Here's What Happened To O'Dang Hummus After Shark Tank

O'Dang Hummus was created by Jesse Wolfe after he got his wisdom teeth taken out and grew tired of eating milkshakes. After realizing every brand carried the same kinds of hummus that he considered bland and boring, he had an idea. "With my cooking background and passion for food, that week I decided to make my own hummus just for myself," he told UCF's The Blackstone LaunchPad.

When his friends and family came to check on his recovery and tried his hummus, they were all blown away by how good it tasted. During that time, Wolfe was attending the University of Central Florida (UCF) with a major in entrepreneurship and business management. One of his professors suggested that he enter The Joust, UCF's entrepreneur competition. Wolfe ended up placing third.

With his success in his university's competition, Wolfe wanted to expand his business by selling his hummus at a local farmer's market in Orlando; however, the waitlist for a booth was around two years. Wolfe took the initiative and brought samples of his O'Dang Hummus straight to the person in charge of the farmer's market, who ended up loving the product so much that they allowed Wolfe to jump the line and open his own stall.

When he came onto "Shark Tank," the Sharks loved Wolfe and his hummus, plus the new salad dressings he also offered. Everyone but Barbara Corcoran wanted to offer him a deal, leaving Wolfe in an unexpected but thrilling position.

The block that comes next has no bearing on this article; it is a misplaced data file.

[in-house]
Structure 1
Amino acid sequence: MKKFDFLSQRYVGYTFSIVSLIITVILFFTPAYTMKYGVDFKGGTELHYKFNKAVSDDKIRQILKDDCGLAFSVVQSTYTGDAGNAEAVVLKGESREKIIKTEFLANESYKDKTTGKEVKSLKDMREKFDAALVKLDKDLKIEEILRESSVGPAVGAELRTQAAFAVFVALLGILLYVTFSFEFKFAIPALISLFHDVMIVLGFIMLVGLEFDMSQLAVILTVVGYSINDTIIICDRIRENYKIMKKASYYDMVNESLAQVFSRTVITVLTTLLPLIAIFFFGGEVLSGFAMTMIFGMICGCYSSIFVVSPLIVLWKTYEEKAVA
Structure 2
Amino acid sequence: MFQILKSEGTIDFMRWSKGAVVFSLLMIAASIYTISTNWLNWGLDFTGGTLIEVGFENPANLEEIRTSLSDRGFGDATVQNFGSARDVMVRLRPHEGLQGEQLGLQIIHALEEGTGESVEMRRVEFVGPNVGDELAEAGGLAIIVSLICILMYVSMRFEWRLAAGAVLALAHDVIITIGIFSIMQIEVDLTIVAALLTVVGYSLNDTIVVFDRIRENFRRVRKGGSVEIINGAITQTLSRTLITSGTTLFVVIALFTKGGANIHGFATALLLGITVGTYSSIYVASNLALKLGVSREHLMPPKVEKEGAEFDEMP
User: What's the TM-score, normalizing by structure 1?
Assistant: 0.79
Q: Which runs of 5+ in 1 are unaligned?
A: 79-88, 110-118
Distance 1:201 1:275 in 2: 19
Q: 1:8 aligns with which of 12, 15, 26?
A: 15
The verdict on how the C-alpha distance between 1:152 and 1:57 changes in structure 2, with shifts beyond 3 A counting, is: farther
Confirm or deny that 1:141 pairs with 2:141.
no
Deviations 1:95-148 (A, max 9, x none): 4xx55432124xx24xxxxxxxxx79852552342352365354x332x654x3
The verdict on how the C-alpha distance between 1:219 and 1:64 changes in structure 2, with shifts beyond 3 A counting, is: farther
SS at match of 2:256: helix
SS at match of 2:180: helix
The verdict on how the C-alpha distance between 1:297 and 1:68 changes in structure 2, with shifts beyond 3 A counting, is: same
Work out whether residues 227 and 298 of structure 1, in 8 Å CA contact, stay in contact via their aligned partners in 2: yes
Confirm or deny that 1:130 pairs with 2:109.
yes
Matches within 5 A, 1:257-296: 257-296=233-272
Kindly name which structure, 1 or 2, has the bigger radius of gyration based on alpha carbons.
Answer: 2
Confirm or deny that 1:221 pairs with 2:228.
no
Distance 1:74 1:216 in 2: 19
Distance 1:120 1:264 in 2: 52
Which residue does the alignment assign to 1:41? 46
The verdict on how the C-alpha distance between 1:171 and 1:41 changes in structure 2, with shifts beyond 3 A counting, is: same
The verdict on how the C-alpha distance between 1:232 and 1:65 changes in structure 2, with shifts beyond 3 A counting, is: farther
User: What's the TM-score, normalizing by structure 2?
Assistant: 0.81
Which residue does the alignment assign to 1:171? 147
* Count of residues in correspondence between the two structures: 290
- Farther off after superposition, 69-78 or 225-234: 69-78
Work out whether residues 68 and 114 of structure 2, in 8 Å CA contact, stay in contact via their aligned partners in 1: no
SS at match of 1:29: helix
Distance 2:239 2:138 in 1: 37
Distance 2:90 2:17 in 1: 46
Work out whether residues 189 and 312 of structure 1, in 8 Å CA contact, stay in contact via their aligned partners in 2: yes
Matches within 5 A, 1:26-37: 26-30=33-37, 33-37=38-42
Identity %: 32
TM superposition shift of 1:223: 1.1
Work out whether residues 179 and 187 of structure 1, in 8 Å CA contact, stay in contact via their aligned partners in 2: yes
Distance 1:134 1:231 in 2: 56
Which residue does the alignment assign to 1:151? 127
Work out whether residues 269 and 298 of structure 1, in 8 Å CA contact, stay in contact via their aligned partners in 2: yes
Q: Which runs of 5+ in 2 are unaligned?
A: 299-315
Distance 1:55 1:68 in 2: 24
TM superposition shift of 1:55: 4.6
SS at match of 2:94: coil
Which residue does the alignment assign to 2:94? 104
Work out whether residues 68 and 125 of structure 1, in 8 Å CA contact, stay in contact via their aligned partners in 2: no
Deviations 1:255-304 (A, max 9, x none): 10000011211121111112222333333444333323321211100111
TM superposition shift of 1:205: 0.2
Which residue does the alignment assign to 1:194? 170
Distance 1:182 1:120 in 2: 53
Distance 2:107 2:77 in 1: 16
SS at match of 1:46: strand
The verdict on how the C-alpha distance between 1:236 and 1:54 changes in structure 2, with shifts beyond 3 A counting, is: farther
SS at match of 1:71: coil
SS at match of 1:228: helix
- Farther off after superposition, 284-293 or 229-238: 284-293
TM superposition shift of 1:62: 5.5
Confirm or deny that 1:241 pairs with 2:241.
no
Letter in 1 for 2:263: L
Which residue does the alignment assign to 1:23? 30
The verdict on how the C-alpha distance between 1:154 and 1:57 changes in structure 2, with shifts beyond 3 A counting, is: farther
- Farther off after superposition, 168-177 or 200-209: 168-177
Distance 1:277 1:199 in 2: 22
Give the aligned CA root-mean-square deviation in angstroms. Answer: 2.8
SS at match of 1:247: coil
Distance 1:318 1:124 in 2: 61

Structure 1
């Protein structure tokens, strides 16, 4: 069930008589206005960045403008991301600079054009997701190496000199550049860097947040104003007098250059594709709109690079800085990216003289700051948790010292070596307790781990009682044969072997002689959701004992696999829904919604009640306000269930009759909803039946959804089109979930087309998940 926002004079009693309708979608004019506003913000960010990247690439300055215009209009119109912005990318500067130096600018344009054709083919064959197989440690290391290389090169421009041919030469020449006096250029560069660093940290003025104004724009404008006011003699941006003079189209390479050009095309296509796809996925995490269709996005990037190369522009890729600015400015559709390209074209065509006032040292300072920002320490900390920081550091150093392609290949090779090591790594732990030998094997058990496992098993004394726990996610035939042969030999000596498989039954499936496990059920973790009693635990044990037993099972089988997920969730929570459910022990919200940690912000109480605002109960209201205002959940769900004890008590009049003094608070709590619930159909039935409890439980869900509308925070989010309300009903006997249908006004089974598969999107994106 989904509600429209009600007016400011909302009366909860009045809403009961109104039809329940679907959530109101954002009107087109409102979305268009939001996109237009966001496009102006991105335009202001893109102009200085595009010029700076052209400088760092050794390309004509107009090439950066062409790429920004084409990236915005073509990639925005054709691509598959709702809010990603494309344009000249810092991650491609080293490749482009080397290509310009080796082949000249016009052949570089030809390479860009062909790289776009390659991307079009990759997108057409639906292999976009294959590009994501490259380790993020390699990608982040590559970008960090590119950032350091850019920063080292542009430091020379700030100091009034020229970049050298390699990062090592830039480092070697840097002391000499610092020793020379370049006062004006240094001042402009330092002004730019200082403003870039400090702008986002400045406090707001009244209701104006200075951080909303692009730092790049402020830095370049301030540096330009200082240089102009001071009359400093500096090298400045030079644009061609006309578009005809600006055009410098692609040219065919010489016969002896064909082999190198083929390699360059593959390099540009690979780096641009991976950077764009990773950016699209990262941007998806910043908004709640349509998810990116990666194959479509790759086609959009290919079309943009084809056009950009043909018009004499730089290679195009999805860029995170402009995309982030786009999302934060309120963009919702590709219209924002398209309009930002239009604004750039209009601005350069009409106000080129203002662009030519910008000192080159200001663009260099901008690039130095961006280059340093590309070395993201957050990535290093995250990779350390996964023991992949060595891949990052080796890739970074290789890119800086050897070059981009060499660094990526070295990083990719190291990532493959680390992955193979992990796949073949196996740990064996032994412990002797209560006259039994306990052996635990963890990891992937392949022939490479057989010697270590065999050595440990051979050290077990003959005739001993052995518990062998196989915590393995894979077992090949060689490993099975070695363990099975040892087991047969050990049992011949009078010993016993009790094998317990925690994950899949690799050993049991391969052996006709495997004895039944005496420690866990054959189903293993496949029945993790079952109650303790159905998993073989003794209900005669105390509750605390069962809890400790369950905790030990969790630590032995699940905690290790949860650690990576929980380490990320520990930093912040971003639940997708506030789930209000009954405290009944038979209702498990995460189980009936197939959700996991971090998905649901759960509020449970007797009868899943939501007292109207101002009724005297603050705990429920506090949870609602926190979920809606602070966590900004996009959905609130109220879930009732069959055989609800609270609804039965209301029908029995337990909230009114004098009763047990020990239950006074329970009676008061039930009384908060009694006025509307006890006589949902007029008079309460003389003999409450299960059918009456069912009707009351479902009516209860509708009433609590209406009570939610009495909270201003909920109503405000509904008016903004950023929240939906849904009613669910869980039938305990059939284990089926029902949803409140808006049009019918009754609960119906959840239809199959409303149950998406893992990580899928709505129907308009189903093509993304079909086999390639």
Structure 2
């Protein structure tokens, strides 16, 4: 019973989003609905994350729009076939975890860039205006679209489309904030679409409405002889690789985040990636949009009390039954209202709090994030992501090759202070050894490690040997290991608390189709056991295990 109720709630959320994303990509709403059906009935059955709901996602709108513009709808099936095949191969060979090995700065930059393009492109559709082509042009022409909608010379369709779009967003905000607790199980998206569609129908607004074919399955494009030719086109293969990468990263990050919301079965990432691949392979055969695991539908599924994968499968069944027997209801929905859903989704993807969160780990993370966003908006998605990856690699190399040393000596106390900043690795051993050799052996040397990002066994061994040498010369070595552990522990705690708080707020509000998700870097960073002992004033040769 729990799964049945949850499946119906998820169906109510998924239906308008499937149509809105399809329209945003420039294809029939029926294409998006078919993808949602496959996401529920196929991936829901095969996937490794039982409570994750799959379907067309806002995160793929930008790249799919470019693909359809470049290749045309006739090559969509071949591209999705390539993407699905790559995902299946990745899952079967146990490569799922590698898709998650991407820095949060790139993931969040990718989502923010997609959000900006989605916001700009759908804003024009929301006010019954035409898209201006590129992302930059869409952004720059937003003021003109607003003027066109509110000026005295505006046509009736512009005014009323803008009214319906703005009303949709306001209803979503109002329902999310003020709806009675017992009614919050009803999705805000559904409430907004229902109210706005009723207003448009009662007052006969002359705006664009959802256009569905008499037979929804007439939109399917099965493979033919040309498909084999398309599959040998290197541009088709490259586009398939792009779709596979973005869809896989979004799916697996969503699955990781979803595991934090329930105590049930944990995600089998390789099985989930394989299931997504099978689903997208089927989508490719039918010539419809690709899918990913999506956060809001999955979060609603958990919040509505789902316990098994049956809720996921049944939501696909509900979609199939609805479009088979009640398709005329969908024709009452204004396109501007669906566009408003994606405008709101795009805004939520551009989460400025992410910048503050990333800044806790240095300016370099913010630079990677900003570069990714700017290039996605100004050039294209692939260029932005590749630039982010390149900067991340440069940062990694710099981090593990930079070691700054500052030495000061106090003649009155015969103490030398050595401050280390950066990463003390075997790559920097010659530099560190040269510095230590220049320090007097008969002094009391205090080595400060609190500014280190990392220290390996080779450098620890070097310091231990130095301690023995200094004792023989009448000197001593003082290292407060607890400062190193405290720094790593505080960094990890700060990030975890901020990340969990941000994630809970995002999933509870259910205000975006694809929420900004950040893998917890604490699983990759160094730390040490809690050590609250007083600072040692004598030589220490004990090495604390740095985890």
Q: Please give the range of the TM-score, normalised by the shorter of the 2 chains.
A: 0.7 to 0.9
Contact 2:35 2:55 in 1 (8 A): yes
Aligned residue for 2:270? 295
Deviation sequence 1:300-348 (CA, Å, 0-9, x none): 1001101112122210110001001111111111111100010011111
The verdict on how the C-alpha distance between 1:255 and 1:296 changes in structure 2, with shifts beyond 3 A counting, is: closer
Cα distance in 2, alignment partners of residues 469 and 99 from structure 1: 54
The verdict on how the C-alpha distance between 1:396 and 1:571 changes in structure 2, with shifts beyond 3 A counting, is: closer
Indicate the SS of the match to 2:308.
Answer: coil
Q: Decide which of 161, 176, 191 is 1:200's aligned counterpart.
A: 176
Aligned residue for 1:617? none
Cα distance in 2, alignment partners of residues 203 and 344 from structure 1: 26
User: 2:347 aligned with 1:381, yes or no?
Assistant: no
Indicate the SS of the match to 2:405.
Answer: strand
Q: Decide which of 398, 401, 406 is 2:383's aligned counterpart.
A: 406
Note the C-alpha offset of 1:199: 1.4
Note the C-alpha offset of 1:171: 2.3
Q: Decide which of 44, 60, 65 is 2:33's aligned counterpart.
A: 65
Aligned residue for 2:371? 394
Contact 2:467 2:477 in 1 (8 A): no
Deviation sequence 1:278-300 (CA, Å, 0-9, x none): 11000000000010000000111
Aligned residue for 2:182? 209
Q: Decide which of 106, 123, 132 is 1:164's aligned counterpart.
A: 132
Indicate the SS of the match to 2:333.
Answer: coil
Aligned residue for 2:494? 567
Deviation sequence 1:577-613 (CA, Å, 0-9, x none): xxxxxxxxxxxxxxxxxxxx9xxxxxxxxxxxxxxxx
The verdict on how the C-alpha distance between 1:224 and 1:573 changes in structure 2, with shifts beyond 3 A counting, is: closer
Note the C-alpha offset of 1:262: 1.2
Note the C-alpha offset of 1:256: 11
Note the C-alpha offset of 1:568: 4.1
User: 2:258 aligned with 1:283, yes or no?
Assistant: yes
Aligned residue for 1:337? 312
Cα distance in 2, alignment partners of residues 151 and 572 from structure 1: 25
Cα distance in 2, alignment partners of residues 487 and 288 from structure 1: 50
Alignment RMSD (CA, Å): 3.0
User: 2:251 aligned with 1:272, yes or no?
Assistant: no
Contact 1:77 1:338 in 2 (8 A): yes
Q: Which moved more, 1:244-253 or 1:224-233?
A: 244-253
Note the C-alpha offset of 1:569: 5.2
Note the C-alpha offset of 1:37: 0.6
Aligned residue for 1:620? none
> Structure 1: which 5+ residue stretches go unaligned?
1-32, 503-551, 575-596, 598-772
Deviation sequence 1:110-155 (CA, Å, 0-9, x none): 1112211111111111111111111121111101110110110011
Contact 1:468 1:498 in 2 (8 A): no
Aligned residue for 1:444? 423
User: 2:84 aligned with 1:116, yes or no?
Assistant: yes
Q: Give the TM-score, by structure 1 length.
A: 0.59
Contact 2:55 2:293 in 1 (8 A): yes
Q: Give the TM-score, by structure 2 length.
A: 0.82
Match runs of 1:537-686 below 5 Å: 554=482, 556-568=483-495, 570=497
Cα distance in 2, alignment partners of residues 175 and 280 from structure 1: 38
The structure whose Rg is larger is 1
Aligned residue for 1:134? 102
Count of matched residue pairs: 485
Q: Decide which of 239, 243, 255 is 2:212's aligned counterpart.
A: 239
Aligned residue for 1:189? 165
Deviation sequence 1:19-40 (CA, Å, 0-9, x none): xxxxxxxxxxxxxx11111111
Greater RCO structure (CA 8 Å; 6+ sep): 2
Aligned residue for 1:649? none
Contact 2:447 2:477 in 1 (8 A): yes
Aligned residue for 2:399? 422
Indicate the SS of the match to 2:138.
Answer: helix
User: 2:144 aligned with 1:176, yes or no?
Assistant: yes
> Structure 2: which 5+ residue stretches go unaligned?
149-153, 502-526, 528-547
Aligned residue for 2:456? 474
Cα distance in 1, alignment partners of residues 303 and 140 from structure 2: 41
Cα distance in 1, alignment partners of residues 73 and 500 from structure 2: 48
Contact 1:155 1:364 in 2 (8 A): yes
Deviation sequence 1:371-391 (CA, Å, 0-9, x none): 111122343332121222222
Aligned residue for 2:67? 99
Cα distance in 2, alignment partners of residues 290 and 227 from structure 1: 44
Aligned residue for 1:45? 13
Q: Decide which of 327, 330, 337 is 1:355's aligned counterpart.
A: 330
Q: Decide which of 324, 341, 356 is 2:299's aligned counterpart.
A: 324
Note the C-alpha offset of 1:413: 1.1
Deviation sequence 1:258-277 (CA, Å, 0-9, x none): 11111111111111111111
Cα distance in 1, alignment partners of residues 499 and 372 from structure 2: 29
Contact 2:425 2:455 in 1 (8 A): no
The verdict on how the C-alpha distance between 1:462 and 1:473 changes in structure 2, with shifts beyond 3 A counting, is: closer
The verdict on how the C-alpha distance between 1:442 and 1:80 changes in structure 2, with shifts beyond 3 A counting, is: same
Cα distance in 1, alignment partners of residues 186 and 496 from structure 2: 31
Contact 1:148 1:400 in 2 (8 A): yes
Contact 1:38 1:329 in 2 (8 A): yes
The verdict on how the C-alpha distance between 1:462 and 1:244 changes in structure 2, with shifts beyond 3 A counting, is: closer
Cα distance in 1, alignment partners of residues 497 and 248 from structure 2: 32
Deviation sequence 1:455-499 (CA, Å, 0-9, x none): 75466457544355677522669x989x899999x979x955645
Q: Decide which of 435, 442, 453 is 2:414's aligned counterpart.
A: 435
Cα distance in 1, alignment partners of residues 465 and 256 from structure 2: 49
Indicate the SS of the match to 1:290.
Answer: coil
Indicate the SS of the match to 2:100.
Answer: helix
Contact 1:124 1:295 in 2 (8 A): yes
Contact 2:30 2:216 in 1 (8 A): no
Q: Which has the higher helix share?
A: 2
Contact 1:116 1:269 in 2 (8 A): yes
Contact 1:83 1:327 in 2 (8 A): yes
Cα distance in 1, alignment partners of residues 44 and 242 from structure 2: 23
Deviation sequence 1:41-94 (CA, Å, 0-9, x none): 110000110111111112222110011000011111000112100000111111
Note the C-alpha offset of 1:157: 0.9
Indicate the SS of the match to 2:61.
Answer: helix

O'Dang Hummus made a deal with two investors

Jesse Wolfe's road from the farmer's market to asking the Sharks for $50,000 in exchange for a 10% stake in O'Dang Hummus was a short one. Only eight months after creating his business plan, a friend of Wolfe's told him that "Shark Tank" was in town and suggested he audition. He showed up at 3:00 a.m. for an 11:00 a.m. audition and was shocked when they called two weeks later, asking if he wanted to continue. "I'm driving, I'm on a 4-way pass, and I just start crying," he recalled to Ambitious.

The 2015 episode got off to a great start for Wolfe, with Mark Cuban proclaiming "That black bean stuff is the ****!" Only Barbara Corcoran was skeptical, telling Wolfe that she thought he was naive and "underestimating" how expensive it would be to get into grocery stores.

Robert Herjavec liked O'Dang Hummus so much, he was willing to make it his first food investment, offering him $50,000 for a 15% stake. Kevin O'Leary threw in his hat next, offering $50,000 for 20% and telling Wolfe he had a lot more experience in the food business. Next, Lori Greiner jumped in, joining Herjavec with a joint offer of $50,000 for 25%. After Wolfe countered with 20%, Mark Cuban reminded him that he was still in. But before Cuban could make an offer, Wolfe took Greiner and Herjavec up on their proposal.

The company continued to expand into more grocery stores

"You blew it," Mark Cuban called out after Jesse Wolfe agreed to partner with Robert Herjavec and Lori Greiner, revealing to Barbara Corcoran that he was going to offer him $100,000 for 25%. In his post-episode interview, Wolfe said "It means the world. ... I quit my job, you know, and cashed in my retirement and stuff, and I've worked so hard to get to this very point. There's no better feeling on earth. You can't buy this."